The synergistic coccidiocides of this invention are also readily administered in the drinking water of poultry. They are incorporated into drinking water by merely adding a water-soluble or water-suspendible form of the compounds to water in the proper amount. Such compositions are most easily prepared by choosing a water-soluble form of the compounds. If an insoluble form is preferred, however, a suspension may be made. Suspensions are prepared by proper use of physiologically-acceptable adjuvants to keep the compounds in suspension in the water. Adjuvants are chosen from among the thickeners, such as carboxymethylcellulose, polyvinylpyrrolidone, gelatin and the alginates. Many classes of surfactants also serve to suspend the compounds. For example, lecithin, alkylphenol polyethylene oxide adducts, naphthalene sulfonates, alkylbenzene sulfonates, and the polyoxyethylene sorbitan esters are useful for preparing suspensions. It is usually most practical to prepare a concentrated suspension, or a dry formulation of the synergistic coccidiocides and suspending agents, which concentrated formulation is diluted in plain drinking water for administration to poultry.

It will be understood by both chemists and poultry scientists that the method of this invention may be combined with other methods of treating and nourishing poultry. For example, a composition according to the present invention may be further fortified or medicated with growth promoting agents, antibiotic drugs, parasiticides and the like without impairing the efficacy of the present invention.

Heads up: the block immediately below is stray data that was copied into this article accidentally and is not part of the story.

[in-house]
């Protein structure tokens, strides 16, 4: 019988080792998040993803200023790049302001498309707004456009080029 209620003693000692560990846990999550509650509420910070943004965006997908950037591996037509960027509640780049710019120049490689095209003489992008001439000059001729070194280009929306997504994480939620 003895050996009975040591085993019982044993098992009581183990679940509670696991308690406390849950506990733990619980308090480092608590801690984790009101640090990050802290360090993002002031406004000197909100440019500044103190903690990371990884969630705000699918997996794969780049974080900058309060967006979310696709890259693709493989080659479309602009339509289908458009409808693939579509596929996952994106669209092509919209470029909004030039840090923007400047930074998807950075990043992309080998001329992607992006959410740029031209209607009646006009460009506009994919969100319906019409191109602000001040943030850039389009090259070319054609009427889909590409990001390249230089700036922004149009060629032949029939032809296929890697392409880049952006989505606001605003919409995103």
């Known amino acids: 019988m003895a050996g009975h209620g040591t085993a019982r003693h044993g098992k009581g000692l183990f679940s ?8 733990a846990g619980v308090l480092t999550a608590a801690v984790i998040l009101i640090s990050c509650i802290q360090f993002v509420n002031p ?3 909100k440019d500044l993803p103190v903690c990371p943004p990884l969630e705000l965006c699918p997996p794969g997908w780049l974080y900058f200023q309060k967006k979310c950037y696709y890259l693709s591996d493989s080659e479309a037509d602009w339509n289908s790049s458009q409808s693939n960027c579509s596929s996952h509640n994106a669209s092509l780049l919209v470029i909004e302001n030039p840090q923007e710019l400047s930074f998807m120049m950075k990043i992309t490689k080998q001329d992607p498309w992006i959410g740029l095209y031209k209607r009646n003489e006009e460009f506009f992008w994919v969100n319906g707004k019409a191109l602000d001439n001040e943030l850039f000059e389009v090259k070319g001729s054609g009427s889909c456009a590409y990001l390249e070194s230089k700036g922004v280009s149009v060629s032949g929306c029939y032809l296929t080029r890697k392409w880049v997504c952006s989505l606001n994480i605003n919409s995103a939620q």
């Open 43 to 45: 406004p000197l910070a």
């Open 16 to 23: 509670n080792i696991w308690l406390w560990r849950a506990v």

While the primary thrust of this invention is the protection of poultry from coccidiosis, it will be apparent that other animals may be protected thereby, as well.

Patent Citations
Cited PatentFiling datePublication dateApplicantTitle
US3501568 *Oct 24, 1968Mar 17, 1970Lilly Co EliNovel antibiotic a3823 complex and process for production thereof
US3719753 *Mar 6, 1969Mar 6, 1973Hoffmann La RocheCoccidiostats
Referenced by
Citing PatentFiling datePublication dateApplicantTitle
US4218438 *Feb 14, 1979Aug 19, 1980Eli Lilly And CompanyAnticoccidial combinations comprising nicarbazin and the polyether antibiotics
US4468380 *May 6, 1981Aug 28, 1984Eli Lilly And CompanyAnticoccidial combinations comprising polyether antibiotics and carbanilides
US5043333 *Oct 21, 1988Aug 27, 1991International Minerals & Chemical Corp.Zinc-lysocelling therapeutic and growth promoting agents
EP0171628A2 *Jul 16, 1985Feb 19, 1986American Cyanamid CompanyNovel non-dusting antibiotic anticoccidial premix compositions and a process for their manufacture
Classifications
U.S. Classification424/114, 514/460
International ClassificationA23K1/17, A61K31/35, A61K35/74, A61P33/02
Cooperative ClassificationA61K31/35, A23K1/17
European ClassificationA61K31/35, A23K1/17